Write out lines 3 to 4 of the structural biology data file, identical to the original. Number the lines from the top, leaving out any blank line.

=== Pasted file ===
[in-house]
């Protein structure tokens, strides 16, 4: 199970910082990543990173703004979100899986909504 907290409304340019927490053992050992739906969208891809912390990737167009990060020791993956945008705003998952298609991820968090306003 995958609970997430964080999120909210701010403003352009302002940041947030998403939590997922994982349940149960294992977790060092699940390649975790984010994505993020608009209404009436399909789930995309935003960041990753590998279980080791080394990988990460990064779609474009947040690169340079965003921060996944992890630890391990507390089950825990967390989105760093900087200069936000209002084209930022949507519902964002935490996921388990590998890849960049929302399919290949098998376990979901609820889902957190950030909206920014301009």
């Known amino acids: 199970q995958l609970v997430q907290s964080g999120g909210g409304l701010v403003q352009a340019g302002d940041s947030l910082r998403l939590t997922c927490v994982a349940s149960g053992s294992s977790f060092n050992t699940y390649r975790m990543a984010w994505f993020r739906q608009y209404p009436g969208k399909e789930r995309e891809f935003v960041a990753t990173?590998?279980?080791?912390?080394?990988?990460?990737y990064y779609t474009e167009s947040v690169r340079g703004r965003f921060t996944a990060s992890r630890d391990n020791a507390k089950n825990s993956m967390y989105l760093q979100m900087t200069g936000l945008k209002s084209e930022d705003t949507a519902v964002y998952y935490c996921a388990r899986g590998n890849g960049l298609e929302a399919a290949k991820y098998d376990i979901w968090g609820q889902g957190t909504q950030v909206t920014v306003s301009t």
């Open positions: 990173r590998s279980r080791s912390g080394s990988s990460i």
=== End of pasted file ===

């Known amino acids: 199970q995958l609970v997430q907290s964080g999120g909210g409304l701010v403003q352009a340019g302002d940041s947030l910082r998403l939590t997922c927490v994982a349940s149960g053992s294992s977790f060092n050992t699940y390649r975790m990543a984010w994505f993020r739906q608009y209404p009436g969208k399909e789930r995309e891809f935003v960041a990753t990173?590998?279980?080791?912390?080394?990988?990460?990737y990064y779609t474009e167009s947040v690169r340079g703004r965003f921060t996944a990060s992890r630890d391990n020791a507390k089950n825990s993956m967390y989105l760093q979100m900087t200069g936000l945008k209002s084209e930022d705003t949507a519902v964002y998952y935490c996921a388990r899986g590998n890849g960049l298609e929302a399919a290949k991820y098998d376990i979901w968090g609820q889902g957190t909504q950030v909206t920014v306003s301009t």
């Open positions: 990173r590998s279980r080791s912390g080394s990988s990460i």